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Adobe Premiere 6.5 Tutorial


Adobe Premiere 6.5 Tutorial
Note: Before we begin, we need to set the project settings. Double-click the Premiere 6.5 icon to launch the application. You should get a Load Project Settings window. We want ot take advantage of Premiere 6.5’s new Real-time Preview capability, so under the DV – NTSC Real-time Preview folder (click the little gray triangle ifnecessary to reveal the folder contents), select Standard 48kHz for our project settings. This will be the default working mode for our project. Then click the OK button to finish launching Premiere 6.5. 1. Go under the File menu and select Import>Folder. Navigate to the Adobe Premiere 6.5 application folder and select Sample Folder. Click the Choose button and the sample folder and its contents willbe imported into Bin 1 in your Project window.

2. Double click the Sample Folder icon under Bin 1 in the Project window to reveal the contents of the folder. You should see the following files:,,,, Music.aif, Veloman.eps, and the movie we are trying to recreate,

3. Before we start, let’s take a look at (the last one in thelist in the Project Window). Double-click its icon. It will open to a new window that will allow you to play the movie. Go ahead and watch the movie to get an idea what we’re shooting for. You may close this window now. You can open it again anytime you need to refer to it. 4. We need to set a good view for our movie in the Timeline window. Since the movie will be about 30 seconds long, let’s setthe Time Zoom Level to 1 second if it isn’t already, so we’ll be able to see most of the movie without scrolling. To do this, click 2

on the pull-down menu in the lower left corner of the Timeline window and select 1 Second. You’ll see the numbers at the top of the Timeline window will change to 1 second intervals. This is the Time Zoom Level and you can adjust it to suit your needs as youwork.

5. Now let’s add the soundtrack. Click on Music.aif in the Project window, and drag it down into the Audio 1 track. The track will turn black, signifying that you may drop the item on that track. Click on the triangle next to Audio 1 to see the sound track’s sound wave. We’ll use this to help synchronize the sound and the video.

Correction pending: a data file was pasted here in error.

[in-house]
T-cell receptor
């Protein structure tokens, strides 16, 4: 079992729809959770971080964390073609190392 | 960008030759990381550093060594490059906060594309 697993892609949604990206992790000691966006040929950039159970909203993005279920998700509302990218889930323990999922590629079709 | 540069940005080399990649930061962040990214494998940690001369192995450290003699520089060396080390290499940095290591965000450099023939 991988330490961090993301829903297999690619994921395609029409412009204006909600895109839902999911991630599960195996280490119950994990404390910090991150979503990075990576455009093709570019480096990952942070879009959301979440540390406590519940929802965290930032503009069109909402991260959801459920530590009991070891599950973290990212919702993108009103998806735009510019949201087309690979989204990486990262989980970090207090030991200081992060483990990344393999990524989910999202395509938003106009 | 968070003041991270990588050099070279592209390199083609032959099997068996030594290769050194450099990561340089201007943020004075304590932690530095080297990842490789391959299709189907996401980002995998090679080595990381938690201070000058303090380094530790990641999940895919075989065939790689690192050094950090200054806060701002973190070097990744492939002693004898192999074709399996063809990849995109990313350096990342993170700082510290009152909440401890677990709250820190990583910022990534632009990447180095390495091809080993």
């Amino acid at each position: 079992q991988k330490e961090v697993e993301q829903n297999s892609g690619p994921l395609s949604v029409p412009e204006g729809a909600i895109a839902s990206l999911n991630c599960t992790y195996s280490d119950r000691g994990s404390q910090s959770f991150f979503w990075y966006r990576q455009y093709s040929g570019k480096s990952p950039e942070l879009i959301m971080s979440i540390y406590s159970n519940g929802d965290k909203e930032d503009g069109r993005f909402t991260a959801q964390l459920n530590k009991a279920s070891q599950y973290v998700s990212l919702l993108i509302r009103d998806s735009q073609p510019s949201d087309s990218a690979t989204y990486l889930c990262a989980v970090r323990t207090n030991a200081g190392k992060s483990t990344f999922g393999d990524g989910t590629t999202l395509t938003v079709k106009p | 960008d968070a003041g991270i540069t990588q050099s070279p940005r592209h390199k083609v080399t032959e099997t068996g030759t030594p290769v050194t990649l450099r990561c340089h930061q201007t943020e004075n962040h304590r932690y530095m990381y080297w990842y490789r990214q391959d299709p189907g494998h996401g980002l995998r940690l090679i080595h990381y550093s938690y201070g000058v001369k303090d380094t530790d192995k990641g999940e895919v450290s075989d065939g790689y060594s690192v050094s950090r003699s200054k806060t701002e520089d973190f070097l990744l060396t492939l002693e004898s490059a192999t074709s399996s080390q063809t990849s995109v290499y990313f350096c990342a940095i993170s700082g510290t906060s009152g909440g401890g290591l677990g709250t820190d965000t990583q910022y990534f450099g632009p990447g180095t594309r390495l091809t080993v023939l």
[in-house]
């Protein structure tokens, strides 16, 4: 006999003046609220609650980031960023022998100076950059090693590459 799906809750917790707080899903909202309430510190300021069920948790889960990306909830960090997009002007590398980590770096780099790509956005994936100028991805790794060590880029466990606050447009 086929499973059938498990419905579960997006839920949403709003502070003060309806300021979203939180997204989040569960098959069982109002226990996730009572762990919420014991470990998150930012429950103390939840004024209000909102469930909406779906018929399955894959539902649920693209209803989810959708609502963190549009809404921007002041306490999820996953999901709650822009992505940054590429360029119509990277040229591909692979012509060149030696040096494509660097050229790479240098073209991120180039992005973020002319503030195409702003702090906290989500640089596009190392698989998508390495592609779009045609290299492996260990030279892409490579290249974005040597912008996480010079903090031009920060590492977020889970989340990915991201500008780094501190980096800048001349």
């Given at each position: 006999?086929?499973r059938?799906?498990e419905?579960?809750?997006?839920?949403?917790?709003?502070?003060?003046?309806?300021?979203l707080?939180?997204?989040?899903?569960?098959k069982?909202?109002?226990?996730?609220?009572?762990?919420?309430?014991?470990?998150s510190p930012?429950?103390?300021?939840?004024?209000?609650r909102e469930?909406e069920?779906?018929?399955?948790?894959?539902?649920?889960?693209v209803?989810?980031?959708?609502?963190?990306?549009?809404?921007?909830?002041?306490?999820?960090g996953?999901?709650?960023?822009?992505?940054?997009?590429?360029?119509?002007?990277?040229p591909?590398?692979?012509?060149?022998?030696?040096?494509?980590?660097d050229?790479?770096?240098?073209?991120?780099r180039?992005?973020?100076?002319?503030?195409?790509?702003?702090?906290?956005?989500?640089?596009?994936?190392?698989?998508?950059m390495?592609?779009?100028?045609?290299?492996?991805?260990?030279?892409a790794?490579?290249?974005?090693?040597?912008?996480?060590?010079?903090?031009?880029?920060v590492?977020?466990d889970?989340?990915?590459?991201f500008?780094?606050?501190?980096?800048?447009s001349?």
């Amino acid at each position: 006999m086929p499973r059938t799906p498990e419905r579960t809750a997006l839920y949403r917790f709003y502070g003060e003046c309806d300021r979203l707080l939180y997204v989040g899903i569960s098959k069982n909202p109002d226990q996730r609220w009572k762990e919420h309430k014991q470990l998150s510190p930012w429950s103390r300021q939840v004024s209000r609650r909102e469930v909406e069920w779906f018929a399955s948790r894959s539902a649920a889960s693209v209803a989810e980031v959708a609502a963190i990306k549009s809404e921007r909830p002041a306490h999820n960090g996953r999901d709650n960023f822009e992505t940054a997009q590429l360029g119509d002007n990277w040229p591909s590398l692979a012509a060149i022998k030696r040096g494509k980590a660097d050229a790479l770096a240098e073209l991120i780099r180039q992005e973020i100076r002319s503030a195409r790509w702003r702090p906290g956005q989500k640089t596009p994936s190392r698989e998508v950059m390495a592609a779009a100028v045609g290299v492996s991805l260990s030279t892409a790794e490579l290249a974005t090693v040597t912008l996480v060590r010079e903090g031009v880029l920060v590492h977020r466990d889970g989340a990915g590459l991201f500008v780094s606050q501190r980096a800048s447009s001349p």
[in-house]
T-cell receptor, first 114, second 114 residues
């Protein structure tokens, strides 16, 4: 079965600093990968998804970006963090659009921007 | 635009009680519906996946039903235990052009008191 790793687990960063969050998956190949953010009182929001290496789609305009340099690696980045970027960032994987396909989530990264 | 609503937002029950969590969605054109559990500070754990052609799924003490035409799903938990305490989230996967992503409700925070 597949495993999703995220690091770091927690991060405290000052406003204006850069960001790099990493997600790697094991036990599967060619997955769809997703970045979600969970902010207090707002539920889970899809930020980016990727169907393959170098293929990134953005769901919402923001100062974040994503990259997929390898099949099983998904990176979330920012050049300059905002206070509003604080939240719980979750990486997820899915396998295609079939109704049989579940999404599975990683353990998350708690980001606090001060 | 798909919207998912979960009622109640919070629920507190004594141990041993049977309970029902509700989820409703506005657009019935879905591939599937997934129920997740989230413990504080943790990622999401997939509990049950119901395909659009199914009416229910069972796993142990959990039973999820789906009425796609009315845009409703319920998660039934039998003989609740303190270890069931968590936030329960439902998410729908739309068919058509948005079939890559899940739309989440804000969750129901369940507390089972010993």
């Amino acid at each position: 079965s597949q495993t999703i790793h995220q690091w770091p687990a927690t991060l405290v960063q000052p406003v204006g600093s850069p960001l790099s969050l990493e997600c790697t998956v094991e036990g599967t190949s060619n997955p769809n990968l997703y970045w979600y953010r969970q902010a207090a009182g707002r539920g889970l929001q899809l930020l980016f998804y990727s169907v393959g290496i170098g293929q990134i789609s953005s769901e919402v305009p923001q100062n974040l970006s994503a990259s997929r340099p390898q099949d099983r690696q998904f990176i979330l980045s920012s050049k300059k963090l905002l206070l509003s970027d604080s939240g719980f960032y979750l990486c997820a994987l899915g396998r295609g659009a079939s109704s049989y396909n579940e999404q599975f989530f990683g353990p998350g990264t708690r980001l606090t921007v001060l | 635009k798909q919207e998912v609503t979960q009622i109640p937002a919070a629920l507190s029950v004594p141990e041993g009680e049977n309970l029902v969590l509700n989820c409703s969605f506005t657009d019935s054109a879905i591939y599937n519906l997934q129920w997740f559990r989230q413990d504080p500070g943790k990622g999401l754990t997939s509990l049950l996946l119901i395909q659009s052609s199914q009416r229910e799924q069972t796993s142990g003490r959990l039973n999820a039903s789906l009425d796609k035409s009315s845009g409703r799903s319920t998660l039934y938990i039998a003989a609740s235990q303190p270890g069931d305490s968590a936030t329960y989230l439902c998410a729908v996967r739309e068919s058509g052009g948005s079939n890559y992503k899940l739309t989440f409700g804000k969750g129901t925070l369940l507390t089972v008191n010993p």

6. If you look at the finished movie, you’ll see that itstarts with a clip from Double click on the to open it in its own window. We see that this clip is much longer than the one we’re going to use for the final movie, so let’s edit its length before dragging it to the Timeline. Move the blue downward-pointing arrow (the playhead) to about 00;00;04.03. Now click on the right-facing bracket at the bottom of the clip window. It lookslike this: } (it’s circled in the image below). This sets an outpoint for the video. You’ll see that the play area turns yellow, indicating that this is the cropped area of the clip. You can likewise set an inpoint for the clip by clicking on the left-facing bracket, somewhere along the play area, however, we don’t need to do that with this clip. Now click on the video in the clip window and drag itto the Video 2 track. Like the audio clip we dragged earlier, the track will turn black, allowing us to drop it there.


7. Our video is still a bit short, so we’ll need to lengthen its duration a bit. We’ll use the

Rate Stretch Tool for this. If you don’t see it in your tool bar, click and hold down in the area marked above in the red circle. You’ll see other choices there as well. Anytime a tool has a right-facing triangle, it means that there are other choices in addition to what is actually showing. We want the video to be about 00:00:05:18 in length. To accurately see the clip’s length in the timeline, go under the Window menu and select Show Info. The Info window appears. The Info window is going to be your best friend in Premiere. Now select the Rate Stretch Tool icon...
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